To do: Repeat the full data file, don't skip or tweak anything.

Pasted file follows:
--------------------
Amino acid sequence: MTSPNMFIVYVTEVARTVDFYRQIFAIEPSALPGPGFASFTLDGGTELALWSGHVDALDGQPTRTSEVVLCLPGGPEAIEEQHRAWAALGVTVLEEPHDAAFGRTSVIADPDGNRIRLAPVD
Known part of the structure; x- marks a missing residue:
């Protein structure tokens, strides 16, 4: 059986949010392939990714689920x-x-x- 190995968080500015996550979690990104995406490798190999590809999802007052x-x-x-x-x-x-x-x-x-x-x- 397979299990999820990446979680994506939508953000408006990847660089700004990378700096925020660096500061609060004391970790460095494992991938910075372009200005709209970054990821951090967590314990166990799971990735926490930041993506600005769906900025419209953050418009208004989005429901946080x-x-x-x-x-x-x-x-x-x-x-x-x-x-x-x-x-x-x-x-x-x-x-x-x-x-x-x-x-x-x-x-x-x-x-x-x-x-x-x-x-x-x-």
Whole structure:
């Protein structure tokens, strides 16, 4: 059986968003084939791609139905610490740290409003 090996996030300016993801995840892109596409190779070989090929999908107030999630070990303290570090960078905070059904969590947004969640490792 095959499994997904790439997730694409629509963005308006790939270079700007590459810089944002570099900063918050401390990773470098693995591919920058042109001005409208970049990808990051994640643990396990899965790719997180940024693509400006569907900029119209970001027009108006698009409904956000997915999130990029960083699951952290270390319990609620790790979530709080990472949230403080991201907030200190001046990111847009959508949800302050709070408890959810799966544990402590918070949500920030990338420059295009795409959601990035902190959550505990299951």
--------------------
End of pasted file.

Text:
Amino acid sequence: MTSPNMFIVYVTEVARTVDFYRQIFAIEPSALPGPGFASFTLDGGTELALWSGHVDALDGQPTRTSEVVLCLPGGPEAIEEQHRAWAALGVTVLEEPHDAAFGRTSVIADPDGNRIRLAPVD
Known part of the structure; x- marks a missing residue:
């Protein structure tokens, strides 16, 4: 059986949010392939990714689920x-x-x- 190995968080500015996550979690990104995406490798190999590809999802007052x-x-x-x-x-x-x-x-x-x-x- 397979299990999820990446979680994506939508953000408006990847660089700004990378700096925020660096500061609060004391970790460095494992991938910075372009200005709209970054990821951090967590314990166990799971990735926490930041993506600005769906900025419209953050418009208004989005429901946080x-x-x-x-x-x-x-x-x-x-x-x-x-x-x-x-x-x-x-x-x-x-x-x-x-x-x-x-x-x-x-x-x-x-x-x-x-x-x-x-x-x-x-």
Whole structure:
């Protein structure tokens, strides 16, 4: 059986968003084939791609139905610490740290409003 090996996030300016993801995840892109596409190779070989090929999908107030999630070990303290570090960078905070059904969590947004969640490792 095959499994997904790439997730694409629509963005308006790939270079700007590459810089944002570099900063918050401390990773470098693995591919920058042109001005409208970049990808990051994640643990396990899965790719997180940024693509400006569907900029119209970001027009108006698009409904956000997915999130990029960083699951952290270390319990609620790790979530709080990472949230403080991201907030200190001046990111847009959508949800302050709070408890959810799966544990402590918070949500920030990338420059295009795409959601990035902190959550505990299951």